There is one Lord, one Faith and one baptism, according to Paul (Ephesians 4:5). And that one baptism can be legitimately performed only by an authentic NT local church, as defined by God’s Word.
And so you see the problem…
We are left with the inescapable, irreducible necessity of answering the tough questions: What constitutes a genuine NT church and what are the Biblical standards for local church membership? Regrettably, that obligatory project must leave our Reformed and Presbyterian friends outside the local church, unrecognizable as members of Christ’s body; for their churches fundamentally distort and disfigure the NT conception of the church, in virtue of their infant baptism.
Now you are not going to like this, but the same unhappy assessment must be made of the Plain people. Conservative Mennonites are outside the NT local church, unrecognizable as members of Christ’s body; for their churches fundamentally distort and disfigure the NT conception of the church, by making custom compulsory and binding people with human regulations. This is not a small error, an error that can be endured. No, it is an egregious error, a de-naturing error. You cannot be an authentic NT church and bind people with a range of human regulations as a condition for joining Christ’s church! The church does not belong to your kind. It is not a human institution that you can engineer according to the preferences of your own kind. The Head of the church does not give you the liberty to establish the specifications for membership in His own institution. The Church belongs to Christ; it does not belong to conservative Mennonites.
Yes, I accept the consequences of the truth articulated. There a very, very few, if any, genuine NT local churches in the Western world. That, in fact, is the painful reality. Now you know more clearly why I continue to urge a new beginning.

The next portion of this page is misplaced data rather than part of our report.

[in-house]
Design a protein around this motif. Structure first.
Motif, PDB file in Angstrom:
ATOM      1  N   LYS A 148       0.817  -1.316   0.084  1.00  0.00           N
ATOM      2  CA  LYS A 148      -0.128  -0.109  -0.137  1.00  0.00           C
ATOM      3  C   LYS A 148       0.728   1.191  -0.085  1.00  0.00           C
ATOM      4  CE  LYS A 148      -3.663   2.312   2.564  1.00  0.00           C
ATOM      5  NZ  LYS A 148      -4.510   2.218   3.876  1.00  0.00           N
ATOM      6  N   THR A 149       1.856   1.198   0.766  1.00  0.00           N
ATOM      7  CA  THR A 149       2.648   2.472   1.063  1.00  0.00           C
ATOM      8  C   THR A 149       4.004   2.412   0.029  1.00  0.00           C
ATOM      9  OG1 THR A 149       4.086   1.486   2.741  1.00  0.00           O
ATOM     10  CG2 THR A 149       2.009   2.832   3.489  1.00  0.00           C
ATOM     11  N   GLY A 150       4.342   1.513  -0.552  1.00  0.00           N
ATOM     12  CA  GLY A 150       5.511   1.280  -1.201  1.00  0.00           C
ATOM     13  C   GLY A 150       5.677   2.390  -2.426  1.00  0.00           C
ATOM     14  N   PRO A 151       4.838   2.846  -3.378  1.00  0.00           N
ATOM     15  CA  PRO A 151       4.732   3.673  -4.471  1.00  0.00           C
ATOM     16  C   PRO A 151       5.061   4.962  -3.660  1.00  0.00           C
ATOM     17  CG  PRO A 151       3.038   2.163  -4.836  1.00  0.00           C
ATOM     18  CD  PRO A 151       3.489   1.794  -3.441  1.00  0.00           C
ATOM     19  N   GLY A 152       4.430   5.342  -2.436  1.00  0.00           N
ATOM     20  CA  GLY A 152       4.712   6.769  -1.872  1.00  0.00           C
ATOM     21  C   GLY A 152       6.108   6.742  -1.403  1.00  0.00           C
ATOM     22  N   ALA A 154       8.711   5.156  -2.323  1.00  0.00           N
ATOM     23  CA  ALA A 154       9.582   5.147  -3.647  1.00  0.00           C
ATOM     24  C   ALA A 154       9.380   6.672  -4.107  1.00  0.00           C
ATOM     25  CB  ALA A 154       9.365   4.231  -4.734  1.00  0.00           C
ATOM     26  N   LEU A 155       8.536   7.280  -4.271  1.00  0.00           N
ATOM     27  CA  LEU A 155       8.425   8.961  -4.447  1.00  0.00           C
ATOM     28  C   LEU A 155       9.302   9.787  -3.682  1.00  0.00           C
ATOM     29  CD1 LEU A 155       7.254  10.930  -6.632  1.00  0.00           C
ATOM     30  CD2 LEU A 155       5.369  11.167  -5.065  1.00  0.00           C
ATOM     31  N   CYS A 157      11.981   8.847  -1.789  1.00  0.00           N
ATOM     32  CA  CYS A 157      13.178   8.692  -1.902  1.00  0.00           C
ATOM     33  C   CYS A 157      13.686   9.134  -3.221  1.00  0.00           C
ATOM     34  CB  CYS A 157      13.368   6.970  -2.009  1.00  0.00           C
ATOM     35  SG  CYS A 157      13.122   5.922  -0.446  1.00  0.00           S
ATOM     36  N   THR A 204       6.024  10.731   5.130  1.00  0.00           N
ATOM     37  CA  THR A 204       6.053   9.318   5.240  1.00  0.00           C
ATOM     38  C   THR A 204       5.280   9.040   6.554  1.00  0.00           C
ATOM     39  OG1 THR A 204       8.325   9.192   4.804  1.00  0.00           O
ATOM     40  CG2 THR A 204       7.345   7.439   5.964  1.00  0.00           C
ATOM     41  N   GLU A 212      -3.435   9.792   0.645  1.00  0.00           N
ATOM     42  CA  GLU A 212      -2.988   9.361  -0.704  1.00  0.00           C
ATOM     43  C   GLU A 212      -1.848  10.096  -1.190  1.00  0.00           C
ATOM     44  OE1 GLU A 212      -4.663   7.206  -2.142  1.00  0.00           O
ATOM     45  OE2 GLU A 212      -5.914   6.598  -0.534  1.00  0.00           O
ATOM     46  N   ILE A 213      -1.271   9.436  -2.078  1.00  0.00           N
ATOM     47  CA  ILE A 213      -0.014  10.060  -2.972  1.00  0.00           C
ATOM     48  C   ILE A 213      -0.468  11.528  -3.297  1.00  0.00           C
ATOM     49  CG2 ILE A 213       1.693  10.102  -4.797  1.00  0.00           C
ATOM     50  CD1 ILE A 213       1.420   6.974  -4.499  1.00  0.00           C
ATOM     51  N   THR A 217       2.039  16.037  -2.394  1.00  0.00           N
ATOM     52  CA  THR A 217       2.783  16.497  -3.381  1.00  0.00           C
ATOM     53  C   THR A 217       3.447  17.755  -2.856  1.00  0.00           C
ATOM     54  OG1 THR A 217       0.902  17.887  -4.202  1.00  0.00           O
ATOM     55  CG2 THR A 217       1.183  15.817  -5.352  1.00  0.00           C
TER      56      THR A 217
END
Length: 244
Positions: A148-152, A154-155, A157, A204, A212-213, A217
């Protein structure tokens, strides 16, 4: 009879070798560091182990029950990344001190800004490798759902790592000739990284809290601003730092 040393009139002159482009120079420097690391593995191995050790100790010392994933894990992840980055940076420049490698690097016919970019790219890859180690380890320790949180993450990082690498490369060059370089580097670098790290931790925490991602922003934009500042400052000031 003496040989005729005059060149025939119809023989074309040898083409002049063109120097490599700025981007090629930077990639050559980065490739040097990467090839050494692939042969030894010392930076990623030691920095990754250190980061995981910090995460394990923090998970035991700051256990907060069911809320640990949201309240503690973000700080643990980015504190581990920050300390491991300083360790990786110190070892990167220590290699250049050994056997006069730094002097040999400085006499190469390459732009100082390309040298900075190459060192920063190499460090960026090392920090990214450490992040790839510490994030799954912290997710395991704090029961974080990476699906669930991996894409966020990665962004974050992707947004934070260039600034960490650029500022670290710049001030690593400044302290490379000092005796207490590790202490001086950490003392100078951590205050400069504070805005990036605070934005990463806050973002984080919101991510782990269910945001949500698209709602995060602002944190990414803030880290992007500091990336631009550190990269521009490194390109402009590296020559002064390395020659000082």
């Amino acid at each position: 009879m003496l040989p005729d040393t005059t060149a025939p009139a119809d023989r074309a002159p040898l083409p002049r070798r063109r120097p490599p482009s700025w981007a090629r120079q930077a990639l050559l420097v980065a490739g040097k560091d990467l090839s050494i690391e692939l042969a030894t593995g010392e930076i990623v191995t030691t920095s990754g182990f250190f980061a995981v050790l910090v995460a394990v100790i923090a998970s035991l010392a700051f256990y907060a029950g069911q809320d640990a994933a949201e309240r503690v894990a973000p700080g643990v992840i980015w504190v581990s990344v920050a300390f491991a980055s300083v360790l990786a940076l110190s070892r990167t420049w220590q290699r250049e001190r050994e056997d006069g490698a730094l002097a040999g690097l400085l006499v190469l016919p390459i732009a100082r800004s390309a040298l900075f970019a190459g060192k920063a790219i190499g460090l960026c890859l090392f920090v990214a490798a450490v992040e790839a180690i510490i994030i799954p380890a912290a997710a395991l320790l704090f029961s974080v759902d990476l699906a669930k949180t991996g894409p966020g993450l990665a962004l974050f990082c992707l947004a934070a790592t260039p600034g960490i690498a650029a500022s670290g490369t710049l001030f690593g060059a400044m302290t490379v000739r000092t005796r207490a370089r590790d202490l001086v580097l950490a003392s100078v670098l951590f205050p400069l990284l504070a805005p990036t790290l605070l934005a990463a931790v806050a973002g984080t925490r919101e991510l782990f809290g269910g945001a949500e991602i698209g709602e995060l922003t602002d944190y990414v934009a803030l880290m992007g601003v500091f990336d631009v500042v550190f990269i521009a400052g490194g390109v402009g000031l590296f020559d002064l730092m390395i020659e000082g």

Whether or not there are genuine Christians within these false bodies is not my call. That is a judgment which belongs to God alone. What I will not do and cannot do, according to the NT, is recognize Presbyterians or Methodists or Mennonites as my brothers. Outside of a genuine NT local church no authentic brotherhood can exist. Period.
And so I wait in the Wilderness for a new move of God’s Spirit, for a new Exodus that will reconstitute the body of Christ in history, according to the Word of God alone.
Now don’t throw me off your site for telling you the truth in love 🙂
“And Isaac dug again the wells of water which they had dug in the days of Abraham his father; for the Philistines had stopped them up after the death of Abraham (Gen 26:18).”
Well, Kevin, I guess you have no real assurance of being a member of Christ’s church either, if (a) membership in a local church is necessary in every case for membership in Christ’s church and (b) you live in the Western world and (c) there are “very, very few, if any, genuine NT local churches in the Western world.”
In that case, I have very little reason to listen to your unChristian accusations, or require my other readers to listen to them, either.
(A brief rebuttal to your first premise: Local church fellowship is most certainly important. But into what local church was the Ethiopian eunuch baptized? Or the hosts of other first converts in the various localities described in Acts? Or perhaps they weren’t saved until a local church was formed in their communities?)
Despite your statement that God alone can judge whether there are any genuine Christians within the “false bodies” to which I and my fellow blog readers belong, you have taken that judgment upon yourself by indicating that you “will not and cannot” consider any of us to be your brothers.
I regret to say that I have decided to do what you seem to be looking for me to do: Adjust settings so that any future comments from you will require manual approval, if I so chose. This saddens me deeply. May God minister his love to you in whatever ways he knows you need it.
PS: If any other readers want me to respond in more detail to Kevin’s arguments in this comment, please let me know and I will be most happy to do so, if our dialogue can be respectful. Also, if any other readers feel I am responding inappropriately to Kevin here, please send me a private message suggesting a better response. Thank you!